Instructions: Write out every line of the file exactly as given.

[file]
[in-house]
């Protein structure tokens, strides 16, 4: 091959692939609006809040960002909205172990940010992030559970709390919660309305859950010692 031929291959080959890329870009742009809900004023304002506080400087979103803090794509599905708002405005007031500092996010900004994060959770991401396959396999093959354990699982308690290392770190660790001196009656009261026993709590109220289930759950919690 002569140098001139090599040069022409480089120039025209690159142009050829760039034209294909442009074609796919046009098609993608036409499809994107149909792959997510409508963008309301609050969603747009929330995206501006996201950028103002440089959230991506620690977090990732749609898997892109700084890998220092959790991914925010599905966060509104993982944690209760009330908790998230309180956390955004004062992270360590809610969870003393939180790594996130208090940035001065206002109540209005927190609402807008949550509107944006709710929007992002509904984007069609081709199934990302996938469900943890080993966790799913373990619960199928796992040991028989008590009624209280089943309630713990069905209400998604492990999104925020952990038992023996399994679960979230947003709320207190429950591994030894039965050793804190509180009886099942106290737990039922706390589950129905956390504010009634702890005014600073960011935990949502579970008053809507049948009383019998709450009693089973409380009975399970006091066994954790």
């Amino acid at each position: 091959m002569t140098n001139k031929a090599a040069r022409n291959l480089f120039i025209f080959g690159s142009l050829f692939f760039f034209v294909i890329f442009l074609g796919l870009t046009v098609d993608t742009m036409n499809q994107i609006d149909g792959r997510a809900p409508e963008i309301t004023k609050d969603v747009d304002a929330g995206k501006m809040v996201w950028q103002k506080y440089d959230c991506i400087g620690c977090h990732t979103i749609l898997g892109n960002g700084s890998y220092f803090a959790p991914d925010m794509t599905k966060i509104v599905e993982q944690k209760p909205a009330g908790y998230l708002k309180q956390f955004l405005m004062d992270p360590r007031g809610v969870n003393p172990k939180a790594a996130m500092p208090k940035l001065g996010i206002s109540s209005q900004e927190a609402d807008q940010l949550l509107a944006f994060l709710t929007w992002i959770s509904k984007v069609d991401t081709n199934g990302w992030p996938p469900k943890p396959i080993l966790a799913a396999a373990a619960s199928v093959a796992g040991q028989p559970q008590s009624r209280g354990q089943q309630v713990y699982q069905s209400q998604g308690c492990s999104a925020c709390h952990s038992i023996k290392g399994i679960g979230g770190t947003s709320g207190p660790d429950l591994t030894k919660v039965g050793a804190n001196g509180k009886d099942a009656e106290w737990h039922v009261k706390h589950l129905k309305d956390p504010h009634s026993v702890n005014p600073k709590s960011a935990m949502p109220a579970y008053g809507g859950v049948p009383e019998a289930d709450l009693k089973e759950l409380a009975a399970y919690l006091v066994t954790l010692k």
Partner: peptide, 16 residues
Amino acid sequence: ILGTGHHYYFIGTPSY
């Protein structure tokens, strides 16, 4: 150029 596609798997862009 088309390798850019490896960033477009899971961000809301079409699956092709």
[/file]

[in-house]
């Protein structure tokens, strides 16, 4: 091959692939609006809040960002909205172990940010992030559970709390919660309305859950010692 031929291959080959890329870009742009809900004023304002506080400087979103803090794509599905708002405005007031500092996010900004994060959770991401396959396999093959354990699982308690290392770190660790001196009656009261026993709590109220289930759950919690 002569140098001139090599040069022409480089120039025209690159142009050829760039034209294909442009074609796919046009098609993608036409499809994107149909792959997510409508963008309301609050969603747009929330995206501006996201950028103002440089959230991506620690977090990732749609898997892109700084890998220092959790991914925010599905966060509104993982944690209760009330908790998230309180956390955004004062992270360590809610969870003393939180790594996130208090940035001065206002109540209005927190609402807008949550509107944006709710929007992002509904984007069609081709199934990302996938469900943890080993966790799913373990619960199928796992040991028989008590009624209280089943309630713990069905209400998604492990999104925020952990038992023996399994679960979230947003709320207190429950591994030894039965050793804190509180009886099942106290737990039922706390589950129905956390504010009634702890005014600073960011935990949502579970008053809507049948009383019998709450009693089973409380009975399970006091066994954790």
């Amino acid at each position: 091959m002569t140098n001139k031929a090599a040069r022409n291959l480089f120039i025209f080959g690159s142009l050829f692939f760039f034209v294909i890329f442009l074609g796919l870009t046009v098609d993608t742009m036409n499809q994107i609006d149909g792959r997510a809900p409508e963008i309301t004023k609050d969603v747009d304002a929330g995206k501006m809040v996201w950028q103002k506080y440089d959230c991506i400087g620690c977090h990732t979103i749609l898997g892109n960002g700084s890998y220092f803090a959790p991914d925010m794509t599905k966060i509104v599905e993982q944690k209760p909205a009330g908790y998230l708002k309180q956390f955004l405005m004062d992270p360590r007031g809610v969870n003393p172990k939180a790594a996130m500092p208090k940035l001065g996010i206002s109540s209005q900004e927190a609402d807008q940010l949550l509107a944006f994060l709710t929007w992002i959770s509904k984007v069609d991401t081709n199934g990302w992030p996938p469900k943890p396959i080993l966790a799913a396999a373990a619960s199928v093959a796992g040991q028989p559970q008590s009624r209280g354990q089943q309630v713990y699982q069905s209400q998604g308690c492990s999104a925020c709390h952990s038992i023996k290392g399994i679960g979230g770190t947003s709320g207190p660790d429950l591994t030894k919660v039965g050793a804190n001196g509180k009886d099942a009656e106290w737990h039922v009261k706390h589950l129905k309305d956390p504010h009634s026993v702890n005014p600073k709590s960011a935990m949502p109220a579970y008053g809507g859950v049948p009383e019998a289930d709450l009693k089973e759950l409380a009975a399970y919690l006091v066994t954790l010692k």
Partner: peptide, 16 residues
Amino acid sequence: ILGTGHHYYFIGTPSY
């Protein structure tokens, strides 16, 4: 150029 596609798997862009 088309390798850019490896960033477009899971961000809301079409699956092709």